After an erratic summer, the world’s two economic titans are now bracing for a lengthy, bitter fight spilling
After an erratic summer, the world’s two economic titans are now bracing for a lengthy, bitter fight spilling into almost every industry. With agriculture on the frontlines of this war, rotten inventories, scowling farmers and bankruptcy filings have reshaped the U.S.’ prized farming industry.
Stories of soybeans, corn, almonds, cherries, lobsters – to name a few – have dominated headlines in the past year and a half. On top of those produce items, which are vital to bilateral trade, American ginseng, a product that hasn’t received nearly as much coverage, is also hurting.
Ginseng from the United States, which used to have a 7.5 percent tariff on exports to its largest market – China, encountered a turn in its fate last April. At the time, Beijing announced an additional 15 percent tax on 128 American agricultural products ranging from soybeans to ginseng in retaliation to the Trump administration’s tariff salvo on steel and aluminum.
But the tariff hike did not stop there. On the roller-coaster ride of the trade spat, American ginseng in China now suffers from a 41.5 percent tariff. Robert Kaldinski, president of the Ginseng Board of Wisconsin, said that the issue has spun out of control for the first time.
Wisconsin, a traditional swing state, has over a century’s experience in growing ginseng. “The North American variety of ginseng that is here originally was something you just kind of go [get] in the woods, and hopefully you can find some,” Ben Clark, an archivist for the Marathon County Historical Society, told CGTN.
It wasn’t until the 1990s that farmers in Wisconsin, especially in the state’s Marathon County, started growing ginseng on farms, leading to a golden age for the ginseng industry across the state, where mineral-rich soil, moderate sunshine and rain create an optimum environment for growing the vulnerable crop.
China, a country with a tradition of eating ginseng roots, is the world’s largest market for the prime Wisconsin ginseng. In 2017, China was the largest buyer of U.S. ginseng exports valued at some 30 million U.S. dollars. “We did not have any crop leftovers. It was all purchased and sold and distributed before the tariff hike,” Kaldinski said told CGTN. But now half of the crop remains in inventory.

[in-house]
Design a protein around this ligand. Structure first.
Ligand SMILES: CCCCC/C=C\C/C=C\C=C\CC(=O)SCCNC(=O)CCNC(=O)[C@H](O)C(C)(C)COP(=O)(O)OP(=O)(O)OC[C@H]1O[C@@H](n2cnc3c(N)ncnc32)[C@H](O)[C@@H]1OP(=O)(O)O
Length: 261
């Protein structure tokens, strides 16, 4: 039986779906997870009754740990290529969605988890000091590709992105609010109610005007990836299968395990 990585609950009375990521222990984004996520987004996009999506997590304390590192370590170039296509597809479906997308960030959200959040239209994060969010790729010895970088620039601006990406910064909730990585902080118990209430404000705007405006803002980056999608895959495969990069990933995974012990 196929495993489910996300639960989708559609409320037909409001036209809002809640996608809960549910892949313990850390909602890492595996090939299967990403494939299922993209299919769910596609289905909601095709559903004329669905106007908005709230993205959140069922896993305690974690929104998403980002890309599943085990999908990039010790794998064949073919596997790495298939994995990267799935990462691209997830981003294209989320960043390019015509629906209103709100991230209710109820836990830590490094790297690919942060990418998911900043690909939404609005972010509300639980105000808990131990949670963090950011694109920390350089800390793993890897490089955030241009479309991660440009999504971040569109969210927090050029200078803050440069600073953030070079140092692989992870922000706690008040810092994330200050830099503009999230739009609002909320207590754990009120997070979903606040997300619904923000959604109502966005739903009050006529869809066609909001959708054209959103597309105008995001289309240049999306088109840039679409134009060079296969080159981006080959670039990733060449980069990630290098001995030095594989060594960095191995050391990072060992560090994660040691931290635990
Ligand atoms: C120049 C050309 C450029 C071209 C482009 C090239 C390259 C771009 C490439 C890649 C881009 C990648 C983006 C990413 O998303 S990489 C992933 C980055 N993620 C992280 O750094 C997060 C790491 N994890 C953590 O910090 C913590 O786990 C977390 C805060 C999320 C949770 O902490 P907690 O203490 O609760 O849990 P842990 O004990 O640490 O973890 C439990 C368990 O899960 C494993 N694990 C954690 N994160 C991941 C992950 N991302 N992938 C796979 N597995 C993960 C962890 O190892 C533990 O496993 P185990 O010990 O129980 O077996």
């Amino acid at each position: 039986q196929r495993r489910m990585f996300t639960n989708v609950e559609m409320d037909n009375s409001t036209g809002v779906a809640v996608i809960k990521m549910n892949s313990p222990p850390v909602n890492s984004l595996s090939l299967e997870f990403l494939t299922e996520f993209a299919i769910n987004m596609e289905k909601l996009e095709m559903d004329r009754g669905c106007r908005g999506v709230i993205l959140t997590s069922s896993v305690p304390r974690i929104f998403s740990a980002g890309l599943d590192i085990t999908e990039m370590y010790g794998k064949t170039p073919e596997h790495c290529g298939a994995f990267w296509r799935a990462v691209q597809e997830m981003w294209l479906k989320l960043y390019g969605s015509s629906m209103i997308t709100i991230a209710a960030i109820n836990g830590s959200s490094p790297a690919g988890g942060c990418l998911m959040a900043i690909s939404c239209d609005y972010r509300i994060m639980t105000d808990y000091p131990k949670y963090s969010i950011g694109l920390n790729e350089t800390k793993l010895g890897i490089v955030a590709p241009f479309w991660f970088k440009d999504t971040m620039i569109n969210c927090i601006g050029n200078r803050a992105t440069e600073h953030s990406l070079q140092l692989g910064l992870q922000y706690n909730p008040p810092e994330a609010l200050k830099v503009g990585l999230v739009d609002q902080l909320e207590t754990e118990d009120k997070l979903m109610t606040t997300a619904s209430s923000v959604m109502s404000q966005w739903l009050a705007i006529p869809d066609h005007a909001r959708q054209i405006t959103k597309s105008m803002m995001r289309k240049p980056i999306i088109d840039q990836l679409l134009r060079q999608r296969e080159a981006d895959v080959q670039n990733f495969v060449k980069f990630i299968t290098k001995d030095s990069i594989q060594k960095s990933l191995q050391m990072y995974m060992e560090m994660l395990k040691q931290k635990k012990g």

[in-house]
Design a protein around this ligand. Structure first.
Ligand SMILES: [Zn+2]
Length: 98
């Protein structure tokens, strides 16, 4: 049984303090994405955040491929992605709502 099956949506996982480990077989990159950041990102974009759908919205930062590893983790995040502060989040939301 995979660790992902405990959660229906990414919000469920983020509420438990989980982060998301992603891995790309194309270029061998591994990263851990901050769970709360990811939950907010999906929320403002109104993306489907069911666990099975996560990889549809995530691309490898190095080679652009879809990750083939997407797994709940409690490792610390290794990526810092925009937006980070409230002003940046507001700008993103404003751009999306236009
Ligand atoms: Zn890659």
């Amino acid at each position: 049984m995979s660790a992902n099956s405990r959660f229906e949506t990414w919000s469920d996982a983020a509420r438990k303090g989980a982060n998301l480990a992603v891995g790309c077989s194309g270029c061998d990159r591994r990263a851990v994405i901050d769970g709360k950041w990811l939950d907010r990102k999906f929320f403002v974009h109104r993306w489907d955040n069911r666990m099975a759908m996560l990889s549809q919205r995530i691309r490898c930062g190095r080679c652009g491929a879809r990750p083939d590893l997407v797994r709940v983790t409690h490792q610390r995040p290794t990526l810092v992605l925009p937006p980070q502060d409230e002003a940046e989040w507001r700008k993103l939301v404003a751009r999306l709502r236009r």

Will Hsu, president of Hsu’s Ginseng Enterprises, feels increasingly frustrated. “Normally by this time of the year, we have very little left. This year we have probably about 10,000 or 15,000 pounds that have yet to ship,” said Hsu.
He found himself caught in the tough times after inheriting his family business – one of the largest American ginseng farm operations – only last year. “The trade war is probably the biggest crisis I have seen in 45 years in this business because we rely on the Chinese market,” said his father Paul, who retired a year ago. Starting in 1974, he has expanded his empire to over 1,000 acres of virgin ginseng land. Hsu’s Ginseng takes up 10 percent of the Chinese market.
For Marathon’s ginseng industry, the problem is no longer about sales and profits but whether they can move the crop into China given the price hike. “Last year we were hurt somewhere in the neighborhood of 10 to 15 [U.S.] dollars per pound on the price,” said Joe Heil, president of Heil Ginseng, who’s been growing ginseng for over two decades.
What makes the situation more complicated is Washington’s increased tariffs on steel. “We import steel cable every year for use as hardware to string along the gardens to support the fabric,” Hsu told CGTN.
The 25 percent tariff on Chinese steel imports is, in the short run, bringing the country’s steel back, but making this sector – highly concentrated in swing states – lose more. U.S. Steel in Michigan, for example, has started laying off workers. And ginseng is just one of the myriad sectors exposed to the ripple effects of the steel levies.
Moreover, a decline in Chinese tourists to the United States because of mounting bilateral tensions has been taking a toll on ginseng retail sales. According to the U.S.’ New Commerce Department, the number of Chinese tourists to the U.S. dropped by almost 6 percent in 2018. In New York City alone, spending from Chinese visitors went down 12 percent over the first quarter of this year.
While a slew of soybean farmers turned to growing corn, it’s not easy for ginseng growers to veer to other crops. “The ginseng [is] planted in August and we don’t harvest it for five years,” Heil told CGTN. Exploring other markets outside China also poses a challenge as it requires time and massive investment. For this kind of long-term crop, it’s hard to make short-term decisions.
“With the trade war, I am not sure if I will continue to grow ginseng or if I can make any money growing ginseng,” Heil said.
Writer: Wang Xiaonan
Video journalist: Li Qinling
Video editor: Wang Yue’er
Cover graphic editor: Liu Shaozhen
Supervisor: Mei Yan